DOWN TO EARTH SIMPLE LIVING FORUMS

DOWN TO EARTH SIMPLE LIVING FORUMS
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3 June 2014

Solving the quiet, gentle and simple problems

Before I start my post, I just have to say this to the world: Sunny and Jamie will be home again next week! I have missed them so much, I can't even begin to tell you. So there, it's on the page, I am breathing easier now................and waiting.  :- )

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I turned an invisible corner on the weekend and yesterday got back to my "normal" routine. My season of hectic work schedules and deadlines is behind me now and I'm settled in my home again, not just physically but emotionally as well. When I was so busy, even though I was here at home, my mind constantly wandered to the work I was doing and rarely to what I needed to do in my home. Consequently I cut corners, stopped doing some things, became a bit of a sad sack and yearned for the day when I could get back into my true rhythm. I wanted that daily familiarity again.



So yesterday I changed the bed linen, opened the bedroom windows to let in the light and fresh air, put a few whites on to soak, tidied the laundry and washed the hallway floors.  Hanno did some renovations last week and the floor has been quite dusty since then. The weather is warm and sunny so I wandered around the garden looking at what needs to be harvested or tended to. When I came back inside Hanno was performing one of his winter rituals - washing and sorting a bucket of kale ready for his big annual pork and kale pot. It's one of winter's high points for him. And yes, it is winter here, and still 25C/77F. Sigh. I am hoping that as we move further into June, the weather will be colder, I'll need a shawl and we'll warm up with hot chocolate and tea instead of cool down with cold water and cordial.



Mid-morning I cleaned my desk and put aside the fabric I'll be using for my quilt. I still haven't started it but yesterday afternoon, I sorted through the pieces and have come up with a random non-pattern that I'll be working on today. I'm no patchwork expert by any means. I tend to focus less on the pattern and more on the practicality of piecing together some scraps to make a beautiful and warming quilt. I might hand stitch some of it, simply because I enjoy hand sewing a lot and I fancy the idea of sitting with needle and thread with the quilt over my legs.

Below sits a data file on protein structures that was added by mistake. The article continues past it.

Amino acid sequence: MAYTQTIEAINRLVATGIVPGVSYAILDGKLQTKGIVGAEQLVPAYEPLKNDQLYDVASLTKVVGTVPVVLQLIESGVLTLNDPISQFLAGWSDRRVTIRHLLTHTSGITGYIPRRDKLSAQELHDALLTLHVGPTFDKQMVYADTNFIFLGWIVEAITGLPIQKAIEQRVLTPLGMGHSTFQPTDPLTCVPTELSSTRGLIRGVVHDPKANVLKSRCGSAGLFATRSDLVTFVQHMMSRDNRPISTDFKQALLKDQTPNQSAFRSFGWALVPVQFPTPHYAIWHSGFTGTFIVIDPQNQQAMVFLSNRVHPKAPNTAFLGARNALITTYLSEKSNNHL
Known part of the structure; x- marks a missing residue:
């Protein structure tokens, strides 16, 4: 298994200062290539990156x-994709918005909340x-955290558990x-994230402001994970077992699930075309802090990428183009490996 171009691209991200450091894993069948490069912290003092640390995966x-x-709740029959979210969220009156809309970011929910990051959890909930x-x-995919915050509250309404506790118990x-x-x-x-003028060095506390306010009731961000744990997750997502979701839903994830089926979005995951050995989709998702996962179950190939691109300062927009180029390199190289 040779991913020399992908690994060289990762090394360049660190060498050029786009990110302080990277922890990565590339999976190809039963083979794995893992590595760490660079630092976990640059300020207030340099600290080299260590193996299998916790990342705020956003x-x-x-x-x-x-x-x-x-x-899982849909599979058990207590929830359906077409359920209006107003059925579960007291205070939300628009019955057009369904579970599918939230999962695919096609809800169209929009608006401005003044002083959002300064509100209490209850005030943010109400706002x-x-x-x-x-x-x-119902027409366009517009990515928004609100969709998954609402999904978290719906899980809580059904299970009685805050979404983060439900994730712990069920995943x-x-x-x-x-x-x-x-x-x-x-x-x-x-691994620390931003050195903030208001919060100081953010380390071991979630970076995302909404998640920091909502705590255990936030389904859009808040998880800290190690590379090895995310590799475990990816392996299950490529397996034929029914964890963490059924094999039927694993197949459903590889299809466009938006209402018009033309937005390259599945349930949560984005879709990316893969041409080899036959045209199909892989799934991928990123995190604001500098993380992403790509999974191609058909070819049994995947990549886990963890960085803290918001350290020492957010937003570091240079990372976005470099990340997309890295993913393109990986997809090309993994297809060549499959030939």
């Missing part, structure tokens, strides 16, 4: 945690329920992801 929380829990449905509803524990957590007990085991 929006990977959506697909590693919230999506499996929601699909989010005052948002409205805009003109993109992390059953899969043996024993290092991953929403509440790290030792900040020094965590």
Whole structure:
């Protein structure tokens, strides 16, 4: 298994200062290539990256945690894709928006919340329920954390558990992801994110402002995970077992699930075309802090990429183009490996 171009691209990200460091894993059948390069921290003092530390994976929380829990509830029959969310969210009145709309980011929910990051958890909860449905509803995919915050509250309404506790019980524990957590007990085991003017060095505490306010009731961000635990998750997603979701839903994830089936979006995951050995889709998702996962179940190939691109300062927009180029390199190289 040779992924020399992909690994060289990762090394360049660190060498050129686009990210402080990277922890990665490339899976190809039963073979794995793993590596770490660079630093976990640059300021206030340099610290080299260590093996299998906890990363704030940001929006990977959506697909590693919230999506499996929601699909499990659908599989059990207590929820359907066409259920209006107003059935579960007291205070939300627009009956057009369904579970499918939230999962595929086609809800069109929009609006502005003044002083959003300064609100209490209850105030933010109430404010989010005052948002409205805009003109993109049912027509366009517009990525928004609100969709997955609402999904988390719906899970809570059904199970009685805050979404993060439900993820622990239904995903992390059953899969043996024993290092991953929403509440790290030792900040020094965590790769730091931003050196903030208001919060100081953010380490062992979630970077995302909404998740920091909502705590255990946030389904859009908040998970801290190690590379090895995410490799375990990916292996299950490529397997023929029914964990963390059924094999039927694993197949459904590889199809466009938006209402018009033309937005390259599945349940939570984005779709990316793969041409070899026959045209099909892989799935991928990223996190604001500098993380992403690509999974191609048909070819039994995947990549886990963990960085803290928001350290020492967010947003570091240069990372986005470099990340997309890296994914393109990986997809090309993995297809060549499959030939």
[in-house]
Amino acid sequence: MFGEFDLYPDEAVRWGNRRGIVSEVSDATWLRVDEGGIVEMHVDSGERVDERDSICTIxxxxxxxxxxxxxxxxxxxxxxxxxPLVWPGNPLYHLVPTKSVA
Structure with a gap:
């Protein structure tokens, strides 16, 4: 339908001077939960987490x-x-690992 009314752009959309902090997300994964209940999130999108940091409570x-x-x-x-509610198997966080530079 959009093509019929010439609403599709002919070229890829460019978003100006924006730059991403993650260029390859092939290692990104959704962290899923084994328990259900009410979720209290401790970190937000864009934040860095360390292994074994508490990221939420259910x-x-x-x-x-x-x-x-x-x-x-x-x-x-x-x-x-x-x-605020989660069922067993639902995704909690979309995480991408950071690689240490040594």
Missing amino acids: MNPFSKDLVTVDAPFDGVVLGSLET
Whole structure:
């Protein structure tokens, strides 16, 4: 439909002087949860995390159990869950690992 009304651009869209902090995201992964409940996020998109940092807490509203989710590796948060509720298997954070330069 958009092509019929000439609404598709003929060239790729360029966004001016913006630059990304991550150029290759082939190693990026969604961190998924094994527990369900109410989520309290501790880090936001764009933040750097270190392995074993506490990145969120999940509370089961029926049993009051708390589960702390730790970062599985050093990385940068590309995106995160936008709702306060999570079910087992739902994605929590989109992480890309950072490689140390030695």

Lunch for Hanno was his pork and kale dish and for me, ham and eggs. We both had a glass of homemade orange and passionfruit cordial made with sparkling mineral water. Morning tea was pikelets with black cherry jam and tea, and dinner for both of us was just a little snack. Easy.



The only thing I didn't do that I had planned on was to make bread. Now that we have our main meal at lunchtime, we eat less bread, so I'm still not sure when I'll make the bread, whether I'll make it every day like I used to or what form it will take - bread rolls, small loaves or free-form no knead bread. That, my friends, is what I'll be working out today and I have to say that it is good to be back home solving such quiet, gentle and simple problems.

Have you too discovered that daily routines and rhythms help you get through your work?  I hope you have a lovely day and that it's not too hot or cold where you are. xx

Yesterday's ABC Radio talk on vegetables is here.


30 comments:

  1. What is normally the low temperature range for you in winter? Have listened to both your radio broadcasts now. I don't know what I was expecting from your voice, you sound so young and yet so wise, sorry if that sounds a little daft.

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    1. Usually it gets down to about 5 - 8C at night and always rises to about 20C during the day. We never get frosts but occasionally it will drop to 1 or 2C. It's okay to be a bit daft. I like that trait in people. :- )

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  2. It made me smile ~ I am in the US and your winter weather is exactly what we are experiencing in our spring/summer weather here! ;) I know after a busy season how nice it is to really get back to the normal busyness of home! :)

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  3. Oh Rhonda, how I enjoy your posts. June here is the last month before the long summer break and most of the times it is filled to the brim with last minute school work and deadlines. What you write here reminds me to cling to the daily calm and sweet things I enjoy, like filling the freezer with the produce that hasn't been eaten last week, our pureed fruit in little portions for smoothies in the hot summer months. I desperately hope for a nice, sunny summer here, even if we didn't really have an actual winter (more like what you describer here) Enjoy the time with your lovely family!

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    1. I like how those productive tasks that fill our days can ground us and make us ready for the more complicated parts of life. I hope you get your sunny summer.